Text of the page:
1. Earth and Mars
2. Why would we want to live on Mars?
3. The challenges of living on Mars
4. What will we need, and how can we get all these things?
5. Health & Fitness
Earth and Mars.
Diameter - 7,926 miles
Gravity - 2.66 times that of Mars
Average Distance from Sun - 93 million miles
Average Speed in Orbiting Sun - 18.5 miles per second
Tilt of Axis - 23.5 degrees
Length of Year - 365.25 Days
Length of Day - 23 hours 56 minutes
Temperature - Average 57 degrees F
Atmosphere - nitrogen, oxygen, argon, others
# of Moons - 1
Diameter - 4,220 miles
Gravity - .375 that of Earth
Average Distance from Sun - 142 million miles
Average Speed in Orbiting Sun - 14.5 miles per second
Tilt of Axis - 25 degrees
Length of Year - 687 Earth Days
Length of Day - 24 hours 37 minutes
Temperature - Average -81 degrees F
Atmosphere - mostly carbon dioxide some water vapour
# of Moons - 2
Mars receives only 43% of the sunshine that Earth does, but has no magnetosphere or ozone layer to block radiation.
Why would we want to live on Mars?
Population growth: As the population on earth increases we will eventually “run out of room”.
Growth Rate = (Population at end of period – Population at beginning of period) / Population at beginning of period.
1900 - 1.6 billion
1927 - 2 billion
1950 - 2.55 billion
1955 - 2.8 billion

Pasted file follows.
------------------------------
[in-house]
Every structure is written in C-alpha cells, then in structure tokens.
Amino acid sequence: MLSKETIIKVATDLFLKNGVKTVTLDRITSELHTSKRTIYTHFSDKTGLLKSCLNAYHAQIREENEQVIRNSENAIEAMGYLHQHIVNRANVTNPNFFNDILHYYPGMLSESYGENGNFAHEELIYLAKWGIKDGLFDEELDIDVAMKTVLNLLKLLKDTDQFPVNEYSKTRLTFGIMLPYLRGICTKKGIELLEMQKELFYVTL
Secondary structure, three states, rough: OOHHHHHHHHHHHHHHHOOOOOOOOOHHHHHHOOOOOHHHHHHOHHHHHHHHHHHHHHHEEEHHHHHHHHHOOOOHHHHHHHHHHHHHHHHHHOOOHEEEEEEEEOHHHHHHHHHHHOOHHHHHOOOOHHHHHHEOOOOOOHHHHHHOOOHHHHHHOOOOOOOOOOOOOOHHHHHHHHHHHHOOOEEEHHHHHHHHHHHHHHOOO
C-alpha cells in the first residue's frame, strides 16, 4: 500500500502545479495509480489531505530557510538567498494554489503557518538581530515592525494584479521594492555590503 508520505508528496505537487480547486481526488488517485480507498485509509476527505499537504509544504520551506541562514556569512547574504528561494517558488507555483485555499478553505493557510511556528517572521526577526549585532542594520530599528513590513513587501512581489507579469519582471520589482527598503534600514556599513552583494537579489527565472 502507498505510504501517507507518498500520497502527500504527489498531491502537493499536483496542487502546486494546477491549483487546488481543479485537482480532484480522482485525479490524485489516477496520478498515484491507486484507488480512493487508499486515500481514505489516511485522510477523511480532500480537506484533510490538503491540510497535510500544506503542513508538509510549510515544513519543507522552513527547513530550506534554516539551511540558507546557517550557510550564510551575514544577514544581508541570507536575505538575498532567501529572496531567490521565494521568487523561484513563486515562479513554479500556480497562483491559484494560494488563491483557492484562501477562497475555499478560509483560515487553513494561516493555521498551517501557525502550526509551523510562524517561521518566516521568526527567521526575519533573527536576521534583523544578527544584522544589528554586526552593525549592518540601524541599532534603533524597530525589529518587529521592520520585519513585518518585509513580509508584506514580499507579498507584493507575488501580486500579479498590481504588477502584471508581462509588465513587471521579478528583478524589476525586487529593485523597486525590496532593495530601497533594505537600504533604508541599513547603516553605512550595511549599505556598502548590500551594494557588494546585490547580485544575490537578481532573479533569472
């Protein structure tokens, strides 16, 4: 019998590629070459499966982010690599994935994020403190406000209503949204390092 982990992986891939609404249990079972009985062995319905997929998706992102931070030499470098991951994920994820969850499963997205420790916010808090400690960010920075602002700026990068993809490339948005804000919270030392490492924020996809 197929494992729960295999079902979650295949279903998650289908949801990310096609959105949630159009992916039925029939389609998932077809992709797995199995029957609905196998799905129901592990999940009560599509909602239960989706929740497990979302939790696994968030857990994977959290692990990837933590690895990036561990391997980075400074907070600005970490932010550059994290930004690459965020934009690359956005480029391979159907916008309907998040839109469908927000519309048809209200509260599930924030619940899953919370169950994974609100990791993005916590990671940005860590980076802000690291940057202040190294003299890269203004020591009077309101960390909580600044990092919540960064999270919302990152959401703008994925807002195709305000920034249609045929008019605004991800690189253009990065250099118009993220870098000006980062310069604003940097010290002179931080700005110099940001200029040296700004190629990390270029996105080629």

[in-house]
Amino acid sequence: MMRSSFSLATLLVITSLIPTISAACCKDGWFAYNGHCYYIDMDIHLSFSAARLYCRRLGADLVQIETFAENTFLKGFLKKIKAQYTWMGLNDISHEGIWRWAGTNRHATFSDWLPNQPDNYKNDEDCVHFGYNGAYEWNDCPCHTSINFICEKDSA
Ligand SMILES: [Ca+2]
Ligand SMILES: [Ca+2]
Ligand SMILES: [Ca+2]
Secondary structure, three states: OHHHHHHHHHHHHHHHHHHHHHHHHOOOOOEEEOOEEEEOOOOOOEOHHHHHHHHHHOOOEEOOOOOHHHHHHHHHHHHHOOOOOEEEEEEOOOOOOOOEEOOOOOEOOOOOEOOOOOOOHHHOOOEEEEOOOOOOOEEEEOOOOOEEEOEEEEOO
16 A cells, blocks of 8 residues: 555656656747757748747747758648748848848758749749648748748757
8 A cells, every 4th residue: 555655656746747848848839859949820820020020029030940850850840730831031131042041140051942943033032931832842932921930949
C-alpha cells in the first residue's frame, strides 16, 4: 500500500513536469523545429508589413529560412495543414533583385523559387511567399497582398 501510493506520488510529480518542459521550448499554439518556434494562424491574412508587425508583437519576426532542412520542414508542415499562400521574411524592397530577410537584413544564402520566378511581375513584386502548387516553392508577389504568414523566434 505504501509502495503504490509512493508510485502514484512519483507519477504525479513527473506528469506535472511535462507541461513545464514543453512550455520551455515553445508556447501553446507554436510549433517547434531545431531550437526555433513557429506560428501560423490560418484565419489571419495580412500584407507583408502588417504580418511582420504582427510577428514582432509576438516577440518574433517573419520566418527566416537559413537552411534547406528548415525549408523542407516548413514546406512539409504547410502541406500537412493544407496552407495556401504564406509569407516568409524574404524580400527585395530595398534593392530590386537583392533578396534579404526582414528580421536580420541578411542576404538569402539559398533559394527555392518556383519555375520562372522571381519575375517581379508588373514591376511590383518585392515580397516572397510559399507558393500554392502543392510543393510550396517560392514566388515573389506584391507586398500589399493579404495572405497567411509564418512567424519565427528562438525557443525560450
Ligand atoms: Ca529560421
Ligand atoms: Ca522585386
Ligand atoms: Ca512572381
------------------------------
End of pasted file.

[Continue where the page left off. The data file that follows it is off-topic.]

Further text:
1960 - 3 billion
1965 - 3.3 billion
1970 - 3.7 billion
1975 - 4 billion
1980 - 4.5 billion
1985 - 4.85 billion
1990 - 5.3 billion
1995 - 5.7 billion
1999 - 6 billion
2006 - 6.5 billion
2009 - 6.8 billion
2012 - 7 billion
2027 - 8 billion
2044 - 9 billion
2050 - 9.2 billion
The chart above shows past world population data back to the year 1900 and future world population projections through the year 2050.
Latest official current world population estimate, for mid-year 2010, is estimated at 6,852,472,823.
Global Warming: Global warming, or climate change, is a subject that shows no sign of cooling down. Earth is already showing many signs of worldwide
Average temperatures have climbed 1.4 degrees Fahrenheit (0.8 degree Celsius) around the world since 1880, much of this in recent decades, according
to NASA's Goddard Institute for Space Studies.
The rate of warming is increasing. The 20th century's last two decades were the hottest in 400 years and possibly the warmest for several millennia,